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Winter Tips for Warmth and Savings

It's the time of year when homes have their highest energy demand of the year.  Heating accounts for 34% of all annual utility usage and is part of what makes an average home twice the emitter of carbon dioxide emissions as a vehicle. Here are some ways to reduce the demand for expensive space heating.

(1) Limit fireplaces. They look and intuitively seem warm, don't they? Wood burning fireplaces are only about 10% efficient and have huge combustion requirements (the amount of air needed). Although not seen with the naked eye, fireplaces use huge amounts of air you've paid to heat in the house to fuel their combustive process. As they draw in air for the fire (about 400 cubic feet per minute), 90% of that air goes up through the chimney. The air sucked into the combustion process then has to be replaced in your home. In other words, as more air is used by a fireplace, it creates a vacuum that has to be replaced. So you wind up paying extra as the amount of air needed to be drawn in and warmed in your overall spaces is increased. Gas logs are pretty much the same.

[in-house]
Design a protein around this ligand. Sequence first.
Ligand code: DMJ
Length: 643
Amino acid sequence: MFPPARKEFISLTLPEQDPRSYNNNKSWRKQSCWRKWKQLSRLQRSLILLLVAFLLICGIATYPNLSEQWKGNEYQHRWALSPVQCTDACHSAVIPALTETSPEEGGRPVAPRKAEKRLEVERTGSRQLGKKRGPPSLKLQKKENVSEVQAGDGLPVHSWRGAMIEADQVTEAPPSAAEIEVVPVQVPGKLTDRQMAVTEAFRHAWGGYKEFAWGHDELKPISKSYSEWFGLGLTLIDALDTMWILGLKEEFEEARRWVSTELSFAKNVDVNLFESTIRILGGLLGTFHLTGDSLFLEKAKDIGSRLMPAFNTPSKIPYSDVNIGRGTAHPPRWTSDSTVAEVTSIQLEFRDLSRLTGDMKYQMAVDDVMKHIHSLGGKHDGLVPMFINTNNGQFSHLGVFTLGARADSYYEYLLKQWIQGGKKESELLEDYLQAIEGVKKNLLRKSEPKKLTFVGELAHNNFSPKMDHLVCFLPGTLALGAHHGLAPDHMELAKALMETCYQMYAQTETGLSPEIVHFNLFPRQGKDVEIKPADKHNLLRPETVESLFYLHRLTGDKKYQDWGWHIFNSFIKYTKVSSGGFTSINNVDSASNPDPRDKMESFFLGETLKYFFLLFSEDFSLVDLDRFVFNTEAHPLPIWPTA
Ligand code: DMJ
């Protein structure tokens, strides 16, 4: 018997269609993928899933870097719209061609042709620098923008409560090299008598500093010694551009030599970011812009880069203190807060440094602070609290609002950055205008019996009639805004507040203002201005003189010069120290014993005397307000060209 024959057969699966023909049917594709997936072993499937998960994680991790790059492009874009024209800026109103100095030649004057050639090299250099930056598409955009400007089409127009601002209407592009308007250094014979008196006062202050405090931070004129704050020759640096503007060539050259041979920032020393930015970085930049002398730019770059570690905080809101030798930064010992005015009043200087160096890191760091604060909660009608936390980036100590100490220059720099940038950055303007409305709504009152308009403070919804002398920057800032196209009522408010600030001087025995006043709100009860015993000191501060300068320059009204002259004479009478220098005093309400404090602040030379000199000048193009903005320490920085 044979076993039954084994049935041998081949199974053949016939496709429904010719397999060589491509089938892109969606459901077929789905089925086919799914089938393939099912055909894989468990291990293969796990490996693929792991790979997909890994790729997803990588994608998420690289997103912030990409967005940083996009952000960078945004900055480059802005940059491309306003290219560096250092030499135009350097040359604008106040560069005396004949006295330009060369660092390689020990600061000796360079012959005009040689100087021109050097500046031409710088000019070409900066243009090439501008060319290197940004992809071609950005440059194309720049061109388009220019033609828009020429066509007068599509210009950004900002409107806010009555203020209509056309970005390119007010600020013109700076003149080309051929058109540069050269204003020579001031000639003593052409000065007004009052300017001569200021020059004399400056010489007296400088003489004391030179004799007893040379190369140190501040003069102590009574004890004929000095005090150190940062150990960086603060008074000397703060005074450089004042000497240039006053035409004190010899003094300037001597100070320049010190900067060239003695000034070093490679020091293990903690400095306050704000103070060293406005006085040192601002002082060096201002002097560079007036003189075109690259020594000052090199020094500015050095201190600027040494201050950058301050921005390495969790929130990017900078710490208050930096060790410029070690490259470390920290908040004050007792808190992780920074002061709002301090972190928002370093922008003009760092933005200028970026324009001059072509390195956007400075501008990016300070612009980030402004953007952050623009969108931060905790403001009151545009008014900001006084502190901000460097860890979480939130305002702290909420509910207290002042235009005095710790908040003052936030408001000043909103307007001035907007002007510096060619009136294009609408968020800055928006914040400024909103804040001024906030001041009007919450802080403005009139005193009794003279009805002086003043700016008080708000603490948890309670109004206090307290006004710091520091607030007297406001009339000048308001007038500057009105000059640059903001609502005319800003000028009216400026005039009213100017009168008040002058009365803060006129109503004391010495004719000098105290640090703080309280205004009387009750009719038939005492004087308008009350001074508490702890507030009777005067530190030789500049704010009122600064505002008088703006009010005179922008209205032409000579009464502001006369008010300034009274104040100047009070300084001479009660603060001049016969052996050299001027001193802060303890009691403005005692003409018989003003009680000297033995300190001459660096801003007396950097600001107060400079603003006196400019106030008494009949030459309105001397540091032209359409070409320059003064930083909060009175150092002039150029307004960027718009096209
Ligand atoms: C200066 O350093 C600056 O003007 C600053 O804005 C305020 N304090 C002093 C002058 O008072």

(2) Use electric heaters. This is more energy efficient than fireplaces, only costing about two cents per hour of operation for a 500 watt setting. You get the same sense of direct heating as with a fireplace but without creating the huge air requirements of a fireplace. If you turn your central system down a few degrees and supplement it with an electric heater, you'll save money. If your central system stays at the same temperature and you supplement it with an electric heater, you'll spend more money. Either option is more energy efficient than fireplaces. If using an electric heater, be sure to follow the safety precautions.

(3) Check the ducts. To ensure that as much warm air as possible is delivered through your central system, check the ductwork and wrap any leaks with duct mastic. Distribution losses (what's lost while air is transported from your furnace through ductwork to the vents) often amounts to 30% So, sealing ductwork could increase efficiency and the warm air you receive considerably ... keeping you warmer and making your furnace work less.

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